If possible sharing the load is always better and will allow you both to adapt to the changing work situation.
Thirdly – communicate with your children. How you do this will vary depending on their ages, but establishing boundaries will help them know where they stand in this changing work situation. This ‘boundary’ can be a workspace- i.e this is your dedicated space to work which is separate from where the children work/play.
Or it could be ‘a do not disturb’ time where children are kept occupied and know they mustn’t interrupt. For children of school age, you can get them involved by creating ‘stop do not enter’ signs for office doors and reinforcing what this means. You could also try talking to your children about the current ‘at home’ situation, explaining that this isn’t a forever thing and providing reassurance that life will return to normal.
Bonus tip: If you don’t have access to your own office space, how about building your own cubicle? Search YouTube for inspiration!
Remote working tip 3: Be a master planner
We all know it’s impossible to plan everything in advance, but having plans in place specifically related to your children can really help. This could be anything from activities to keep them entertained, to spending time at the weekend meal prepping for the week. Smaller children will respond well to playful, DIY activities and tasks like drawing.
Be sure to mix it up throughout the week so they don’t get bored. Older kids will most likely be able to entertain themselves, although it’s important not to overdo screen time- which is where planning will help.
Likewise, having easy to prepare lunches on hand throughout the day will keep hungry children at bay and ensure you maximise your lunch break in the most productive way. Why not sit down on a Sunday evening, look at your schedule and see what situations you can plan ahead?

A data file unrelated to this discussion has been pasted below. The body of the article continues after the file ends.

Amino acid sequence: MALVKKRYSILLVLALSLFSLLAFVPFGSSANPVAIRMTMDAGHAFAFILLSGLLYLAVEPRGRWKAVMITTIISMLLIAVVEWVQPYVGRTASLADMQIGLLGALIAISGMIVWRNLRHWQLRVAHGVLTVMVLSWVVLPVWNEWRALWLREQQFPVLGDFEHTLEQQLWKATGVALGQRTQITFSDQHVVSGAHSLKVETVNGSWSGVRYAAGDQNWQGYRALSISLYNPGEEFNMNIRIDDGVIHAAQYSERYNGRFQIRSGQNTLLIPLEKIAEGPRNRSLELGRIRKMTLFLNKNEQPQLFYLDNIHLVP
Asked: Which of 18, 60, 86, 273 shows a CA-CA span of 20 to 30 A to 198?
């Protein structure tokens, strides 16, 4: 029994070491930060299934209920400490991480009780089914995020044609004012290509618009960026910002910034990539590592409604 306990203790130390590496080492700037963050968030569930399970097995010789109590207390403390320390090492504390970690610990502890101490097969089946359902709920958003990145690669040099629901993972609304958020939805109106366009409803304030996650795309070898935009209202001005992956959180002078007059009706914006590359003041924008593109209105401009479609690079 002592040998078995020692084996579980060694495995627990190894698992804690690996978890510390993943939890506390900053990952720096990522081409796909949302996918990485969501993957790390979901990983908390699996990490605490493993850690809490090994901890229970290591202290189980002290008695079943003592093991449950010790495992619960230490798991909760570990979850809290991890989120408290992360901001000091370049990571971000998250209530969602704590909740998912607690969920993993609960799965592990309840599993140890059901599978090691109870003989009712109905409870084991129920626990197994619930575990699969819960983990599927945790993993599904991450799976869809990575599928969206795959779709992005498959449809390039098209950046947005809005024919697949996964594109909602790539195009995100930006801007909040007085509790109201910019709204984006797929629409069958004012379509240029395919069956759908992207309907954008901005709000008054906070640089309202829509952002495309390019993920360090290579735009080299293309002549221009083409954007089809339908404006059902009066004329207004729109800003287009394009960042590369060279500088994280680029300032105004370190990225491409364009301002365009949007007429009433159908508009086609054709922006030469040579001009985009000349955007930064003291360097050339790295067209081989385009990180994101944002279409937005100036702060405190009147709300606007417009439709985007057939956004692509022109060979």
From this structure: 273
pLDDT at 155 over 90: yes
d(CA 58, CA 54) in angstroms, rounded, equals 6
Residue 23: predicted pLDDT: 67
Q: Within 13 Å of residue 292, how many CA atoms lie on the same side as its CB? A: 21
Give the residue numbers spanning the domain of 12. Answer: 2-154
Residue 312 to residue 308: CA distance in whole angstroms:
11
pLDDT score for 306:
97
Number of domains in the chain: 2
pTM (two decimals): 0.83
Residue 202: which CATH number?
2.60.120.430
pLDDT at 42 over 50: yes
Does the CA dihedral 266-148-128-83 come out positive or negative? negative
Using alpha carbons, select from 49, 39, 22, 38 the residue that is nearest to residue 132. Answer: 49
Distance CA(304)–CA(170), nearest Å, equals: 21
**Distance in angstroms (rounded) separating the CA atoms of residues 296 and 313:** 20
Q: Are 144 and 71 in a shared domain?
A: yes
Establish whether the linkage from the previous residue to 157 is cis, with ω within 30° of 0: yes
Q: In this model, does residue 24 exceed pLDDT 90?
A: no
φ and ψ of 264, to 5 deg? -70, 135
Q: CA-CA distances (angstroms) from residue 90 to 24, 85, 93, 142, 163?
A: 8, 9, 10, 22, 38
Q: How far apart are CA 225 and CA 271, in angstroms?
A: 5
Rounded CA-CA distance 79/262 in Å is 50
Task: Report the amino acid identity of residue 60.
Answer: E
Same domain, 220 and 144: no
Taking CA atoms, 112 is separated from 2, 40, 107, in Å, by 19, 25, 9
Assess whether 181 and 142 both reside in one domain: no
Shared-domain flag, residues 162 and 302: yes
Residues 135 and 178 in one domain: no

It might just give you that head start when juggling family life with remote work.
Bonus tip: Planning and scheduling will also help your productivity/ bounce back from any distractions that may occur.
Remote working tip 4: Utilise technology- Web & Apps
Ahh, technology. Just as it helps us work remotely, it also helps us balance family life! There are tons of apps and websites out there that parents have credited with helping them master the balance. It’s a good idea to do some research and see what works best for your family, but here are a few suggestions:
- For babies, Relax Melodies app uses white noise to help them sleep better and longer
- ABC Mouse is a great learning tool. It helps kids with everything from English and maths, to art and music
- K12MovieGuides– Turns watching movies into learning opportunities
- Coloring Nature– Free printable coloring pages for both kids and adults
- TinyCam Monitor Pro (use with Android watch and IP Cam) This allows remote workers to check on kids via their smartwatch. Useful for smaller children who may be on nap time, or for checking kids are actually doing their school work! All without having to disturb either space.
Bonus tip: Headphones! If all else fails… invest in a decent pair of headphones. Useful for drowning out background noise during a team meeting/ important project. Especially if your kids have created a ‘Lockdown’ band! Video can also be a great temporary distraction if you need to focus on a call for an hour or so.
Are you remote working with kids? How do you make it work? We would love to hear your tips below.